Study: In 80% Of Rulings, GOP-Appointed Judges Have Made It Harder To Vote

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The study examined 175 election-related decisions from this and found a clear partisan pattern.

According to The New York Times, a new study examining election-related cases this year has found that jurists appointed by Republicans rule in a manner that makes voting more difficult compared to jurists appointed by Democrats.

The study, the “Anti-Democracy Scorecard,” was commissioned by the group Take Back the Court, which supports expanding the judiciary. It identified 309 votes by judges and justices in 175 election-related decisions and found a partisan pattern: Republican appointees interpreted the law in a way that impeded ballot access 80 percent of the time, versus 37 percent for Democratic ones.

The numbers were even more stark when limited to judges appointed by President Trump, who has had tremendous success at rapidly reshaping the judiciary. Of 60 rulings in election-related cases, 85 percent were “anti-democracy” according to the analysis.

  • Aaron Belkin, a political-science professor and the director of Take Back the Court, told The Times: “There is a systematic pattern of Republican-appointed judges and justices tipping the scales in favor of the G.O.P. by making voting harder.”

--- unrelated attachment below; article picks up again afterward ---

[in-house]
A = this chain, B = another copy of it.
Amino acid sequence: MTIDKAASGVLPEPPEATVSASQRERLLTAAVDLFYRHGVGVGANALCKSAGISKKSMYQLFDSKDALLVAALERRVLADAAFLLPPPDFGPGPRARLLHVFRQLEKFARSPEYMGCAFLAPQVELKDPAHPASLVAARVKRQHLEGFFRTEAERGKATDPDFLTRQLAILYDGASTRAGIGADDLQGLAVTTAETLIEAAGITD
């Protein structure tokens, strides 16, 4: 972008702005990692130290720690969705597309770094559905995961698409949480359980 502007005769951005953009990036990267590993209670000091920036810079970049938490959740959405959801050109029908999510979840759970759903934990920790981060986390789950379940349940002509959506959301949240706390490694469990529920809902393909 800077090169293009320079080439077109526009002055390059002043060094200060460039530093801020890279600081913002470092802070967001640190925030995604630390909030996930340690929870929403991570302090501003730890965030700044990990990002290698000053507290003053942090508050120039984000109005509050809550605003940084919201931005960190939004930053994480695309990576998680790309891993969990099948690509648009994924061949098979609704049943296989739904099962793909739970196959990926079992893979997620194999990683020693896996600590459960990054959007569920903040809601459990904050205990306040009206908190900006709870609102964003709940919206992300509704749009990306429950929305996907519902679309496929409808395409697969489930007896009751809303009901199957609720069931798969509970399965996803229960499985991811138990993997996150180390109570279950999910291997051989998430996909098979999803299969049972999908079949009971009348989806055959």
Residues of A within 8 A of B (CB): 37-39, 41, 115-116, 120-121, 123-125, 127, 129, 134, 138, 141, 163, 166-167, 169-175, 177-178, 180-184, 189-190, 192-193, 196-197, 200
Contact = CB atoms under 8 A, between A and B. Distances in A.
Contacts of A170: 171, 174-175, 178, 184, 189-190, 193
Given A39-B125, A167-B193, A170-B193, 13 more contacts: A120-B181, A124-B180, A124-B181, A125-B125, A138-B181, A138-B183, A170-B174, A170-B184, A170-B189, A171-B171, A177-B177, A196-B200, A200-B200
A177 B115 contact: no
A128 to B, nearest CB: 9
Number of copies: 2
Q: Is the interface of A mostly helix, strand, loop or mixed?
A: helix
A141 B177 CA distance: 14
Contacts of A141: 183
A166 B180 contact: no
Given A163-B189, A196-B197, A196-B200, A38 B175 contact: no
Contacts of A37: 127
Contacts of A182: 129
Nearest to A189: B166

• However, Edward Whelan, president of the conservative Ethics and Public Policy Center, expressed doubt over the value of such a study, telling the newspaper: “The idea that you are going to come up with feeble statistical evidence of judges acting partially, and you are going to use this as a reason to pack the court — to ensure that the Supreme Court acts partially in the direction you want — strikes me as weak.”
  • The Times said Whelan noted "that many of the cases this year come from the aberrational circumstances of the pandemic — litigants are trying to get judges to relax local restrictions in light of the need for social distancing" and "argued that showing deference to established rules does not necessarily mean hostility to voting."

Read the full report.


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